For six hours on Thursday, an 86-year-old Philadelphia man and his 55-year-old girlfriend were held hostage by a group of people bent on getting cash for rental cars, police said.
George Saunders and Priscilla Jones were walking down Pennsgrove Street in West Philadelphia when they were abducted and thrown into a van, the couple and detectives tell NBC10.
"[We were] going to get some groceries for the kids, some breakfast food for the kids," Saunders said.
"I don't know these people, they could do anything to us, so what I did -- I prayed. I kept praying," Jones recalled. "I was angry with the way they treated us."
Elderly Man and Girlfriend Kidnapped, Robbed
The couple were driven to the TD Bank at 4th and Market Streets in Old City to open a checking account, they said.
Saunders, a Korean War veteran, was forced, he said, to deposit $600 into the new account and was given a new debit card on the spot.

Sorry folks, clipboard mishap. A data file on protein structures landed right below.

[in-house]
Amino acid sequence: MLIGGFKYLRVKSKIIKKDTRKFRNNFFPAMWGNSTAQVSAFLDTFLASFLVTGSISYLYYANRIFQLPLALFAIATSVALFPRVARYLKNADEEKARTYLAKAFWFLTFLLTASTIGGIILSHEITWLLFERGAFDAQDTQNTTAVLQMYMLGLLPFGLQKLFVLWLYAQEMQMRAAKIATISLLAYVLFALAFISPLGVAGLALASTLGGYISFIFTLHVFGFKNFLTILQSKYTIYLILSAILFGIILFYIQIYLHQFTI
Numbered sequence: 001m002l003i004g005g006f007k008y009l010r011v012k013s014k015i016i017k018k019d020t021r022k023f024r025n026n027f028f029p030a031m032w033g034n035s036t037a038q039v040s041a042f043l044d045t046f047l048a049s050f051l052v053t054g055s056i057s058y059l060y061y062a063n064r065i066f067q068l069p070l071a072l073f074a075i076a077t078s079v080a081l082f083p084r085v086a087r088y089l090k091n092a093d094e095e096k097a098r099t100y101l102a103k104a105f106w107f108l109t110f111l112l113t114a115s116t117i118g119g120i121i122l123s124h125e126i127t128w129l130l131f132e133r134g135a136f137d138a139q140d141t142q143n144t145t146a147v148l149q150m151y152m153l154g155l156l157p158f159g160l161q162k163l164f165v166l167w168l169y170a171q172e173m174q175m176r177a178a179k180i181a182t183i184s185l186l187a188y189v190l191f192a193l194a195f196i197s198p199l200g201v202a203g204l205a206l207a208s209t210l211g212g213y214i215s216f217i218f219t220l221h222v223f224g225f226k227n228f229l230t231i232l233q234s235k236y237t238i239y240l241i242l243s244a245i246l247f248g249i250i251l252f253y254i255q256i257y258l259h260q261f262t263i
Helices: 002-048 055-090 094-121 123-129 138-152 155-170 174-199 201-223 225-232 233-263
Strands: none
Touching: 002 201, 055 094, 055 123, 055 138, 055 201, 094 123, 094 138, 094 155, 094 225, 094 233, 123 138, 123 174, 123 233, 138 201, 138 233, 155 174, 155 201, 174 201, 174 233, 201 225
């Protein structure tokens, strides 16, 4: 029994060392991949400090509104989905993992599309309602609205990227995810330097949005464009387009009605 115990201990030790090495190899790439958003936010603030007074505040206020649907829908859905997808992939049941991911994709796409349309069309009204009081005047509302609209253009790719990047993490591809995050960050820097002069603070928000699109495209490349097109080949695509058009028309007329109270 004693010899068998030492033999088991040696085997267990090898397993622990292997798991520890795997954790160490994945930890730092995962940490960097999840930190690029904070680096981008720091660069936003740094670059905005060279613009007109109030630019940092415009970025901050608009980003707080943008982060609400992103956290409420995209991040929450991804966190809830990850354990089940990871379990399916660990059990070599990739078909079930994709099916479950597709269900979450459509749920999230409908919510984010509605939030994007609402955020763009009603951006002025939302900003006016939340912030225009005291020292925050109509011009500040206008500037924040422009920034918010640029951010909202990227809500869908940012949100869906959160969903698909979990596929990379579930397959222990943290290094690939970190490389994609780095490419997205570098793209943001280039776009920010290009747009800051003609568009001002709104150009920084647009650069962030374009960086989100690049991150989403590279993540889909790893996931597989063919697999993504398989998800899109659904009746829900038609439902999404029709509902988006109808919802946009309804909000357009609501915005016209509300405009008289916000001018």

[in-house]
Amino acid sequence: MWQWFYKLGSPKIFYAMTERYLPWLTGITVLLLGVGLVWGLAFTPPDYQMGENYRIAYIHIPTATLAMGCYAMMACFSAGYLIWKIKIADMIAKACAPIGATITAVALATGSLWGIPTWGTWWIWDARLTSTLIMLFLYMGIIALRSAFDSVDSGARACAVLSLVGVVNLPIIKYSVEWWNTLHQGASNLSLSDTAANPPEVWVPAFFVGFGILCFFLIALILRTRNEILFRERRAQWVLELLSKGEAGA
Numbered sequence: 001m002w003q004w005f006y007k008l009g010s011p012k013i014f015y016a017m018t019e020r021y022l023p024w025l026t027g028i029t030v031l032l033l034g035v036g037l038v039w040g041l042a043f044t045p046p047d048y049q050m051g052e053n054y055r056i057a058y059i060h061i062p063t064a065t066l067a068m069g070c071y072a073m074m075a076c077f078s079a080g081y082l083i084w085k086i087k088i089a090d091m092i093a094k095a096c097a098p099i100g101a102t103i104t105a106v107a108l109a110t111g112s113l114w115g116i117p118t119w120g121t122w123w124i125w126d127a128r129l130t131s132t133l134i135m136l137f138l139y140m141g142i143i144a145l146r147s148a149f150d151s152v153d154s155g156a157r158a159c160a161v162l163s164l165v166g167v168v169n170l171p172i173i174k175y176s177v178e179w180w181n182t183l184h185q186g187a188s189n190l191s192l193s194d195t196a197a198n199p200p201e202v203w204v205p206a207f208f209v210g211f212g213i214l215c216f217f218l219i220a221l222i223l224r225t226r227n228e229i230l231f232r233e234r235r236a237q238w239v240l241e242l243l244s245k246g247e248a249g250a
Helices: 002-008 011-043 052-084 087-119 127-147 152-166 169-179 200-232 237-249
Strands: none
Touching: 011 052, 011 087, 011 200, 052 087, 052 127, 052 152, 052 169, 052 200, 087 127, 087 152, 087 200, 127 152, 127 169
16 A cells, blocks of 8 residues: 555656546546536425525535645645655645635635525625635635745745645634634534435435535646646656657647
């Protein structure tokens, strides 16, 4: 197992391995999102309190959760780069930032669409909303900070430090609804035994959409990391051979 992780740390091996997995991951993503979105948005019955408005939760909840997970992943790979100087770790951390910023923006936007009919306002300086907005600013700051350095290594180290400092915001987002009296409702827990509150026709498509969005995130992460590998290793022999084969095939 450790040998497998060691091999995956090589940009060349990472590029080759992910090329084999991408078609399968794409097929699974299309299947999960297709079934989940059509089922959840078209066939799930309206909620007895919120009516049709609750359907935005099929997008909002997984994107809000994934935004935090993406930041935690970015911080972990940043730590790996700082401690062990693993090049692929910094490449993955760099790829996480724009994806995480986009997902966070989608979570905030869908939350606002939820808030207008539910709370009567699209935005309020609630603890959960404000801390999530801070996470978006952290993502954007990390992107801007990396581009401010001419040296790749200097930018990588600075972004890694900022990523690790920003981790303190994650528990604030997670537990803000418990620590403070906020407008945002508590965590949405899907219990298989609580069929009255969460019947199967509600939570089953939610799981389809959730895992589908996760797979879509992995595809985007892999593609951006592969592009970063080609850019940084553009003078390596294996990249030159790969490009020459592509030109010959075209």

The couple was eventually set free without being harmed and the alleged abductors used the debit card to rent two cars, police said.
Investigators believe the group planned to commit crimes using those cars so that they could be ditched and not be traced back to them — rather the elderly man.
"This was well planned and well thought out," Philadelphia Police Lt. John Walker said.
The scheme unraveled on Friday, however, after police used GPS to track the cars. Two people were arrested in Pennsylvania by state police. They were later identified as 23-year-old Vashti Williams and Damon Cornish, 25, both of Philadelphia.
They're charged with robbery, criminal conspiracy, kidnapping and related offenses, police said.
Three others were stopped while driving toward New York along New Jersey Turnpike in Cranbury, police said.
All five are being transported back to Philadelphia Police's Southwest Detective Division for questioning.
Police are still looking for a sixth person, a woman, in connection with the abduction and robbery.
While not physically harmed, Saunders and Jones are more hesitant of heading out for a walk.
"I feel lucky," Saunders said. "And angry too."